Photo courtesy of BONHATA

  • Guests at Sarasota Jungle Gardens can hand feed the flamingos.

    Sarasota Jungle Gardens | Florida

    Kids especially love hand feeding the flamingos that rove Sarasota Jungle Gardens freely, one of the few zoos in the United States that allow it. Pellets cost just 25 cents for a handful or $3.25 for a bag.

    Photo courtesy of Sarasota Jungle Gardens

  • Sarasota Jungle Gardens' flock is free roaming.

    Sarasota Jungle Gardens | Florida

    With 25 flamingos on the grounds, Sarasota Jungle Gardens boasts one of the largest flamingo flocks in captivity. Flocks of 20 or more do often breed, and the attraction occasionally sees successful hatchings. 

    Photo courtesy of Sarasota Jungle Gardens

  • Flamingos in drill formation at Ardastra

    Ardastra Gardens, Zoo & Conservation Centre | Nassau, Bahamas

    In Nassau, capital of the Bahamas, flamingos are known as "drill birds" by dint of the famous military-like marching formations they perform at Ardastra Gardens. Following the shows, which are presented three times daily, visitors can have their pictures taken with the birds.

    Photo courtesy of Chelle Koster Walton

  • Flamingos are among the most photogenic birds, often seeming to pose as they do here.

    Ardastra Gardens, Zoo & Conservation Centre | Nassau, Bahamas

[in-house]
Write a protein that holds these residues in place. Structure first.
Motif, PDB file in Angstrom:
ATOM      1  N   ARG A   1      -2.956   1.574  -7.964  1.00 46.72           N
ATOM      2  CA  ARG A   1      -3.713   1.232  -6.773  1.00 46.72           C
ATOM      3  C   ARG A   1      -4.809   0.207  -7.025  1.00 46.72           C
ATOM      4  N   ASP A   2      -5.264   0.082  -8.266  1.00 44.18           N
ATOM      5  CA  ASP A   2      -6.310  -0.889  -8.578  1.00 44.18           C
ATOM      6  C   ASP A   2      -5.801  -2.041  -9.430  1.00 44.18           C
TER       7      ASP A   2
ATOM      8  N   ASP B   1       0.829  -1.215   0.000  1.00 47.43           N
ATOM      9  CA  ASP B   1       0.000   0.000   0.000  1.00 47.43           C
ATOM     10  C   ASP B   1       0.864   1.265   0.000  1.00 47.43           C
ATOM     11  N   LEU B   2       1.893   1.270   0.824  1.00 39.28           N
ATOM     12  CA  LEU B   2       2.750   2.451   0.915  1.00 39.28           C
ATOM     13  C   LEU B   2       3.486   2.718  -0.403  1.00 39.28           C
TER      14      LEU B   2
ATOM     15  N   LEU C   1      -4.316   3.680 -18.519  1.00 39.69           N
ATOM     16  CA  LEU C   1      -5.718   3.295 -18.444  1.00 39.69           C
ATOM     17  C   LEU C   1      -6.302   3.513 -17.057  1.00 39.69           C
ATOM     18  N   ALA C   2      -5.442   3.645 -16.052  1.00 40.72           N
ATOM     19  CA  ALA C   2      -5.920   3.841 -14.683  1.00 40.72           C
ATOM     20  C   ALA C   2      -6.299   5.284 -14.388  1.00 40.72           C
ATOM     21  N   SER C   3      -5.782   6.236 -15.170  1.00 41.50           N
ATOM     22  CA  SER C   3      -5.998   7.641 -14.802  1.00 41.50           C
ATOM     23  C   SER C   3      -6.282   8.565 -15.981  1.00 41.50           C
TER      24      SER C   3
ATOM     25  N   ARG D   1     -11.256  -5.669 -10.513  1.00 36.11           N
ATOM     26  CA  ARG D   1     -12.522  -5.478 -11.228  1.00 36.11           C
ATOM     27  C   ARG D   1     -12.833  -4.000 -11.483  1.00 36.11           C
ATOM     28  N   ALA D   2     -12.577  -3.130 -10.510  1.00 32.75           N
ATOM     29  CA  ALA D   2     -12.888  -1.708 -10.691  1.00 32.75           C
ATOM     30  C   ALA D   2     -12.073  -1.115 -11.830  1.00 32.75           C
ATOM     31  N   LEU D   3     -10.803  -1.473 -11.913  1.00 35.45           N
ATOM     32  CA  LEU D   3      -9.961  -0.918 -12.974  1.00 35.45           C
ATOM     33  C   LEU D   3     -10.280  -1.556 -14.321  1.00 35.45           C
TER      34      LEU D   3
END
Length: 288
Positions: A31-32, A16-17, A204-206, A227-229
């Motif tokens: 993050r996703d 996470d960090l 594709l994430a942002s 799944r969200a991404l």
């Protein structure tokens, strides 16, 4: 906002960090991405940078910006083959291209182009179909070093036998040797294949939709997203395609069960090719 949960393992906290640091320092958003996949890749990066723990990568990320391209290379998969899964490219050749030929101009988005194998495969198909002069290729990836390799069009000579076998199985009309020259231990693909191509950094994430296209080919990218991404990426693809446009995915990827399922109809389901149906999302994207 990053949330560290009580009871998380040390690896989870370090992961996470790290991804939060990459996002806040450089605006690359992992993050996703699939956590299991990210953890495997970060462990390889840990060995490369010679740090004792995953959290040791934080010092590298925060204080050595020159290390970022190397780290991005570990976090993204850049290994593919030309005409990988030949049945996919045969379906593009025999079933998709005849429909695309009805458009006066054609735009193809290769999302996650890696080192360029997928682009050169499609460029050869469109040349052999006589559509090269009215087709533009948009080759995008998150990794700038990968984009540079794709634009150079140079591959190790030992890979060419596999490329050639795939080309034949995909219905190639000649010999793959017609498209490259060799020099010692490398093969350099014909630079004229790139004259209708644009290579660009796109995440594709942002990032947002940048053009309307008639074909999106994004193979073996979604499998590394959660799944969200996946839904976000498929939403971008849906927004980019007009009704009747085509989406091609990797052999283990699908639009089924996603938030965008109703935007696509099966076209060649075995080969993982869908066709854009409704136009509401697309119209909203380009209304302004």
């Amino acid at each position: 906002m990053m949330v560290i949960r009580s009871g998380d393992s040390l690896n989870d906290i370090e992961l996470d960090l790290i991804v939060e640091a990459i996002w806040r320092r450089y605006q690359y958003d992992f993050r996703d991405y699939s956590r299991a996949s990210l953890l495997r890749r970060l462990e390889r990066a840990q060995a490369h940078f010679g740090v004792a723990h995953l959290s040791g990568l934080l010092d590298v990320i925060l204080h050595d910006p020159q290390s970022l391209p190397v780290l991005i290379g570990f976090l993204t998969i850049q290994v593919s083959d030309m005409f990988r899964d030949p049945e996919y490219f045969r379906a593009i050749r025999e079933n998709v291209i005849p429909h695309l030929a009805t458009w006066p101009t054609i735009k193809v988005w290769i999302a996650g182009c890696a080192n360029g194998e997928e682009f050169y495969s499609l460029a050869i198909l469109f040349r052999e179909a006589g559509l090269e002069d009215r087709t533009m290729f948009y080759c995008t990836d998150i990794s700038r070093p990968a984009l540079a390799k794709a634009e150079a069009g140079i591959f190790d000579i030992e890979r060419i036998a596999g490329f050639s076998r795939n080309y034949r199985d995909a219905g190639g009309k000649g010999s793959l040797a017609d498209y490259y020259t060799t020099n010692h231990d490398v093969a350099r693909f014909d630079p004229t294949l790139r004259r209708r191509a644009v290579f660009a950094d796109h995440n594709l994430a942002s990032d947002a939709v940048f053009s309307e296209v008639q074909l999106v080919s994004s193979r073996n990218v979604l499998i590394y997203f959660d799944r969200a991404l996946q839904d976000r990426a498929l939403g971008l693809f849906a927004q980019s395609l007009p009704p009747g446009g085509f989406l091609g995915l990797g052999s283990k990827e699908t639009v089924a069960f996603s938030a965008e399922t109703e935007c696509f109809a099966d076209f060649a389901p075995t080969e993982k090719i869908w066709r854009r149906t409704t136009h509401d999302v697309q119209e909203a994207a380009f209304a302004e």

The national bird of the Bahamas, the flamingo breeds in the islands, and Ardastra harbors a breeding flock. When the birds are not performing, they walk freely and unabashedly around the grounds among guests.

    Photo courtesy of Chelle Koster Walton

  • Hand feed the flamingos at Everglades Wonder Gardens or schedule yoga in their midst.

    Everglades Wonder Gardens | Bonita Springs, Fla.

    At Everglades Wonder Gardens, flamingos are more than a sideshow; they’re the main attraction. Besides feeding and photographing them, visitors can do Yoga with the Flamingos from November through April. The gardens are in the throes of expanding its six-bird "flamboyance" with festivities in 2019 and 2020.

    Photo courtesy of Everglades Wonder Gardens

  • Flamingos inspire romance and, at Renaissance Aruba, add exotic flair to wedding photos.

    Renaissance Aruba Resort | Aruba

    Adult overnight and day-pass guests of the Renaissance Aruba Resort can consort with the resort’s five flamingos on Renaissance Island. Kids are allowed on Flamingo Beach for picture-taking daily, 9 a.m. through 10 a.m. The flock is also available for weddings on the private island.

    Photo courtesy of Renaissance Aruba Resort

  • The flamingo habitat is one of San Antonio Zoo's most popular.

    San Antonio Zoo | Texas

    Perhaps the ultimate flamingle, you can "adopt" a flamingo at San Antonio Zoo. Mango is one of the more popular in the zoo’s Adopt-an-Animal program. For a $50 contribution, donors receive an adoption certificate, color photo of and bio about Mango, and a plush flamingo toy.

    Photo courtesy of San Antonio Zoo